Consent to search in criminal matters – The Fourth Amendment of the United States Constitution protects individuals present in the country from unlawful search and seizures at the federal level. The Fourteenth Amendment of the United States Constitution makes this law applicable to the states as well. We have previously written a blog on consent and warrantless searches; this blog will go into more detail on a specific part of that topic.
This blog will discuss only consent searches. Why people tend to agree to them, why they shouldn’t, and what rights they have when they give consent. Like all our blogs, this is intended for general informational purposes only, and not intended as a substitute for the advice and counsel of a criminal defense attorney.
Should I consent to a search?
No. If the police want to search your vehicle or your home, they can get a search warrant. If they don’t have a search warrant, there can be other circumstances that give them probable cause to search. If they don’t have either, why would you give them consent? Especially if you have something to hide, which occurs every single day. Unfortunately, most people do it because they are either afraid to say no, or they don’t know better.
In almost every case, if a law enforcement officer asks for consent to search, they are looking for evidence of a crime or contraband. They are looking for what is needed to charge someone with a crime, there’s no benefit to giving consent in that case.
*Note that asking questions such as, “you don’t have anything, so you won’t care if I search your vehicle?” is a trick that law enforcement officers use to entice people into accidentally consenting to search. When you say “yes” to this seemingly rhetorical question, you have just waived your Fourth Amendment rights and unnecessarily given your consent to search.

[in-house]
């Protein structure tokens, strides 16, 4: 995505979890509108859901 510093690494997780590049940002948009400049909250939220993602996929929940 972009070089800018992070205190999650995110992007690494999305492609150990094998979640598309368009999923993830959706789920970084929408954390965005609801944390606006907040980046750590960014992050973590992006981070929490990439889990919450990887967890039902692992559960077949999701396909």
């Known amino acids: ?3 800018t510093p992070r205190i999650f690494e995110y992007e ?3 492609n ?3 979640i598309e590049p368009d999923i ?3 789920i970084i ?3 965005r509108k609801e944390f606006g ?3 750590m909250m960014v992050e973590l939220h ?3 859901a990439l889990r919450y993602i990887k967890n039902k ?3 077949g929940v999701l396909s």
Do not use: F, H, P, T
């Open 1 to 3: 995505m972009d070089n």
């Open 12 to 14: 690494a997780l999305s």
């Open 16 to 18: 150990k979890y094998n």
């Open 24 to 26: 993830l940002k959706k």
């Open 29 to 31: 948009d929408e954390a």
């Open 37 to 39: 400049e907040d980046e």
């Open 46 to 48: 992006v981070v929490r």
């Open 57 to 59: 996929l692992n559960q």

Can someone else consent to a search of my property?
Yes. Consent to search is not strictly based on ownership. Typically, a person driving a vehicle can give consent to search that vehicle, even if he or she is not the registered owner. Similarly, someone who seems to be “in control” of a residence at the time, can typically give consent to search that residence even if they don’t own it.
Where this becomes a problem is when an officer obtains incriminating evidence on someone other than the person that gave consent. For example, your roommate can give consent to search your apartment, and you can be charged as a result. In cases like this, you may lack standing to do anything about it.
Can I at least control the parameters of a consent search?
Yes. If for whatever reason someone decides it is a good idea to give law enforcement consent to search their vehicle or residence, they should probably at least limit the scope of that search. If you are consenting to a search, you have a right to dictate what can or can’t be searched. For example, if you give consent to search your residence you can tell the officers they are not allowed to go into certain rooms or open certain compartments. Same with a vehicle.
Too many people don’t understand their constitutional rights, and even some of the ones that do don’t exercise them. Criminal law can be extremely complicated; if you have been charged with a crime or you think you may be the suspect of a crime, you should consult a lawyer.